The unique story of Marinaleda, a communist-inspired village in Andalusia in southern Spain and the subject of Hancox’s book, offers an example of an effective protest movement — and of a more humane and just society. Through decades of strikes, roadblocks, marches and occupations of farmland, airports and palaces, Hancox writes, Marinaleda defied the regional aristocracy and political elite, eventually winning a concession from the Andalusian government in 1991, which granted the village 1,200 hectares of land on which to establish a farming cooperative — a self-proclaimed “utopia toward peace.”

As of 2013, Marinaleda’s unemployment rate was between 5 and 6 percent, while casitas — family homes built by the villagers themselves with government-provided materials — entailed a mere 15 euro ($21) monthly “mortgage” payment. Against a backdrop of staggering unemployment, widespread evictions and mortgage-induced suicides, Marinaleda is thriving.

As Hancox notes, many of the town’s amenities — which include “the leisure opportunities and facilities of a village at least five times its size” — were obtained through sustained protests and “strident, substantial financial demands” made of both the central and regional governments.

The moral of this historical example — for the state, at least — may be that a ferocious clampdown on protests and curtailment of civil liberties is imperative, lest Spaniards begin to think an alternative, happier existence might actually be possible.

The creation of an inclusive system in which human well-being trumps elite and corporate profit is easier said than done. Muffling criticism of the state makes this even more difficult.

But some damage has apparently already been done. As Hancox explains, after the financial crisis, Marinaleda became an alibi for anti-austerity protesters: “‘What are your demands? What is your alternative?’ barked the dogs of capitalist realism. And, especially in the south, [protesters] were able to respond: ‘Well, how about Marinaleda?’”

Challenging capital

Austerity measures function to make the poorer segments of society pay for elite-engineered economic crises, which ensures that the underclasses remain oppressed, politically unorganized and unable to overturn existing power structures.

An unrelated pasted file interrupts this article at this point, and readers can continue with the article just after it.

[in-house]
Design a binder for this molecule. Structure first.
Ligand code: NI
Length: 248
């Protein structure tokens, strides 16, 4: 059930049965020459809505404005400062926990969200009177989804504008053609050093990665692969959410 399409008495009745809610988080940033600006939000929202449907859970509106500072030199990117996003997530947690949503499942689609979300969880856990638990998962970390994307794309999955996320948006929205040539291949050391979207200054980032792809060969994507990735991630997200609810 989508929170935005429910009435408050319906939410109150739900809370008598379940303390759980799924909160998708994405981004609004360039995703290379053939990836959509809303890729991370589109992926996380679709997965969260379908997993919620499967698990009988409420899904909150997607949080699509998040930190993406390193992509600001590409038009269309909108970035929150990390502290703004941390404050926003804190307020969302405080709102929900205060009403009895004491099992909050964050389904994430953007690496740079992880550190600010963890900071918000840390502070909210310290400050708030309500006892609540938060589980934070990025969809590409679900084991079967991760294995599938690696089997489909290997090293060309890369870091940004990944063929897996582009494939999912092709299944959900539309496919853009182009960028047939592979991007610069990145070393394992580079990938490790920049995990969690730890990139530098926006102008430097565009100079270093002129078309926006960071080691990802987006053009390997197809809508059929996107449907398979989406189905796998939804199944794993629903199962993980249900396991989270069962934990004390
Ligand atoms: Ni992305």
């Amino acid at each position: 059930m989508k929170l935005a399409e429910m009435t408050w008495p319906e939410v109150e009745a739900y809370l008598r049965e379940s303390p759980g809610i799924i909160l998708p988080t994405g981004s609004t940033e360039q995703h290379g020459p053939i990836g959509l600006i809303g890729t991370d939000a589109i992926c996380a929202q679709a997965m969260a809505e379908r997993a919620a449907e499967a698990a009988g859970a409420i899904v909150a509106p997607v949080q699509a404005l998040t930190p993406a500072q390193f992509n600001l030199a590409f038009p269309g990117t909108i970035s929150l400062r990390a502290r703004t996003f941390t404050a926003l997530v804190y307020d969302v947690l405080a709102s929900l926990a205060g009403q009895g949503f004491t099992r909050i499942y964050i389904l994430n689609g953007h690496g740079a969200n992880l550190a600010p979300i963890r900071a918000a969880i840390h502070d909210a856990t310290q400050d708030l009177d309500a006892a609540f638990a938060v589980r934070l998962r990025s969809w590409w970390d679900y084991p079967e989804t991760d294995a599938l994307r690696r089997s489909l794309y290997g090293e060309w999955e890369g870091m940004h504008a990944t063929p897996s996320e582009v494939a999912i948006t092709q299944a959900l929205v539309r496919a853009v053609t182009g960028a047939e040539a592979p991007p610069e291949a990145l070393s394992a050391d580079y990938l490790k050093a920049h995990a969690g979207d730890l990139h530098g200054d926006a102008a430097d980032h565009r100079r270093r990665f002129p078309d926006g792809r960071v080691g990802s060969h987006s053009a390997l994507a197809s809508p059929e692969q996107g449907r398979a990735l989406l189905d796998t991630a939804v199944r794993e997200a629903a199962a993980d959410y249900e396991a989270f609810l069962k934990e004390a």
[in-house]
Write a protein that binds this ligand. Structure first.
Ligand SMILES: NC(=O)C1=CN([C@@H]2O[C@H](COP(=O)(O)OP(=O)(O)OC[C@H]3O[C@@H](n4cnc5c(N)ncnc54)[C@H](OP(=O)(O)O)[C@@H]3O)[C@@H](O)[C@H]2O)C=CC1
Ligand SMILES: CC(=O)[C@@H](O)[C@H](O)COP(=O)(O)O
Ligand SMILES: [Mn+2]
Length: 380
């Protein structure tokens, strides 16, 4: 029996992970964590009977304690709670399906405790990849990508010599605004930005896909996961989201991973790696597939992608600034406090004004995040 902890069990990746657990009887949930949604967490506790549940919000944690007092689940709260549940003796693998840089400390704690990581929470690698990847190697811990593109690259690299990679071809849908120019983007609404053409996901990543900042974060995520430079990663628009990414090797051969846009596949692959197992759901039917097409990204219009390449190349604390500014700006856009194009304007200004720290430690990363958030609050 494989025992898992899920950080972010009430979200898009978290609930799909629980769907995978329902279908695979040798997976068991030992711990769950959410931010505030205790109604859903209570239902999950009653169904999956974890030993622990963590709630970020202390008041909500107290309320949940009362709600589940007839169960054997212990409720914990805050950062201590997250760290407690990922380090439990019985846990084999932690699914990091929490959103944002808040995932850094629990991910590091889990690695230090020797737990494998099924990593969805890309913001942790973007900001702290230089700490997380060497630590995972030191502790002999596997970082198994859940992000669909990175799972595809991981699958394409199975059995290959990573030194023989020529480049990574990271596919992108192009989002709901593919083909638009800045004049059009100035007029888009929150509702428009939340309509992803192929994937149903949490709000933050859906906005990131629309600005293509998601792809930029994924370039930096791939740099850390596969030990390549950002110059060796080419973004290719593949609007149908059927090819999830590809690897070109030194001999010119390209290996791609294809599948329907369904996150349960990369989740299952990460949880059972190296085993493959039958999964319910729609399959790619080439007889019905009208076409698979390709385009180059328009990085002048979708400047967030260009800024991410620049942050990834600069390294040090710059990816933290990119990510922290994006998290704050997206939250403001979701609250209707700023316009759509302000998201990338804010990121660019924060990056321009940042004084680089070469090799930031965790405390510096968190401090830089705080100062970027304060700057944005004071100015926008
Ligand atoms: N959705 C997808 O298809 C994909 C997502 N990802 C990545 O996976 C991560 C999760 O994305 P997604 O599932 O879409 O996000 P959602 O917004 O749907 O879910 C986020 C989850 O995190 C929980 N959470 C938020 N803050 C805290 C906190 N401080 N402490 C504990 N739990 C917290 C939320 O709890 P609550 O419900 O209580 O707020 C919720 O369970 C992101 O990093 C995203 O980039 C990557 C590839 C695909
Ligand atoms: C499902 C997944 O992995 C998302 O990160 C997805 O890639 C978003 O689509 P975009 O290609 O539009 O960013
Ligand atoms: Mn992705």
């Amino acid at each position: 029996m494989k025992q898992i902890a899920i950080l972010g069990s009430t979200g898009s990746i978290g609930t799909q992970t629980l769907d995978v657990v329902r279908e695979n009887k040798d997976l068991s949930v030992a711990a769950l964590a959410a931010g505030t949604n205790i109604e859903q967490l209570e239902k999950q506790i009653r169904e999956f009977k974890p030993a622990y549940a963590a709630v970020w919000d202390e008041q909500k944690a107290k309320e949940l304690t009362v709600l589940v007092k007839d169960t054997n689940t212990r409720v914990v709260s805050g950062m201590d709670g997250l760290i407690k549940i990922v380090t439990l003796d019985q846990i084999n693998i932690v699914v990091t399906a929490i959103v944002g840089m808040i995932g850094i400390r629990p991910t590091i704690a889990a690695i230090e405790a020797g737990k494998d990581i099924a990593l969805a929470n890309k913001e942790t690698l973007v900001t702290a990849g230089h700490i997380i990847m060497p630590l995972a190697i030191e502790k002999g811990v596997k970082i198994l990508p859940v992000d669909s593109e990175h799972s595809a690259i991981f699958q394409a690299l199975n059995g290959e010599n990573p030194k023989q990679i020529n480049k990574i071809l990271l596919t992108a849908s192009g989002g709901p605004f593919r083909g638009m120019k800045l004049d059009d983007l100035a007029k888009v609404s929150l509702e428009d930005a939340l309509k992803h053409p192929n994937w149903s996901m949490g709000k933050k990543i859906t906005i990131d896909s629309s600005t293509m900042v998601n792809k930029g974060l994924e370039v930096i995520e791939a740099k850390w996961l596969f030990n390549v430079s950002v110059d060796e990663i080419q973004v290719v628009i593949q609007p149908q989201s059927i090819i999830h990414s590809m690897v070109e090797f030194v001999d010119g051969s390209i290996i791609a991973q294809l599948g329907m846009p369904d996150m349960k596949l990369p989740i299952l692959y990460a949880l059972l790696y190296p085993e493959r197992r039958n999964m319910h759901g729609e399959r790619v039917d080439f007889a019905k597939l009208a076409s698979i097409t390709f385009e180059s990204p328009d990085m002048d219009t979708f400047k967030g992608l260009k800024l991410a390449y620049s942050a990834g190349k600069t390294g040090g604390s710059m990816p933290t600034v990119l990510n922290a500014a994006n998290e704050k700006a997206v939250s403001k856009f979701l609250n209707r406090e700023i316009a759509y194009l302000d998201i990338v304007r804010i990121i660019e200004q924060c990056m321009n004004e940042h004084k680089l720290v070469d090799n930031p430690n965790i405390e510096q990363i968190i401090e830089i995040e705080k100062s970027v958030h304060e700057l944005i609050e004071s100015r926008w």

How to avoid such an outcome in Spain?

The acclaimed writer and filmmaker Tariq Ali offered his own analysis. “The mass movement against [Spanish] austerity — the indignados — are frightened of politics and of challenging bourgeois hegemony in the political domain,” he wrote to me. “The result is disaster. What we need is the Bolivarianization of European politics — the creation of new political instruments that challenge capital.”

To be sure, the Bolivarianization of Venezuela, characterized by a vastly more equitable distribution of state resources, drastically reduced (PDF) poverty and unemployment while enabling significantly greater access to health care, housing and education. But the creation of an inclusive, Hugo Chávez–style sociopolitical system in which human well-being trumps elite and corporate profit is easier said than done. Spain’s Citizens’ Security Law, which seeks to muffle criticism of the state, makes this even more difficult.

The criminalization of protest, in addition to stifling mass opposition to austerity, would also presumably facilitate cheery Spanish government economic pronouncements, even those that appear to be egregious miscalculations. According to a February article in the English version of El País, Spain’s highest-circulating daily newspaper, the Bank of Spain “has estimated that wages in Spain have fallen by double the amount indicated by official statistics.”

Interior Minister Fernández’s claims of “radical and violent elements” among the nation’s protesters have created a justification for the law. But as a Reuters article reported in November, the crackdown on unauthorized protests “belies the peaceful record of the anti-austerity protests of recent years,” which have remained relatively devoid of violence “despite unemployment of 26 percent, rising poverty, and changes in labor laws that make firing easier.”

And while it is true that a negligible minority of protesters has indeed engaged in such acts as throwing stones and smashing bank windows, after five years of suffocating economic policies, one might be forgiven for wanting to throw stones and smash bank windows.

A video of a recent protest in Madrid in which riot police charged through a banner and battered the people behind it with batons underscores the state’s utter hypocrisy in accusing others of violent behavior. The banner reads “No pasarán,” the anti-fascist slogan of the Spanish Civil War meaning “They shall not pass.”

In 1946, seven years after the end of that war, Orwell wrote: “The word Fascism has now no meaning except in so far as it signifies ‘something not desirable.’” I’ll thus refrain from using the F-word. But I will say that the proposed Citizens’ Security Law is nothing if not undesirable.

Belén Fernández is the author of “The Imperial Messenger: Thomas Friedman at Work,” published by Verso. She is a contributing editor at Jacobin magazine.

The views expressed in this article are the author's own and do not necessarily reflect Al Jazeera America's editorial policy.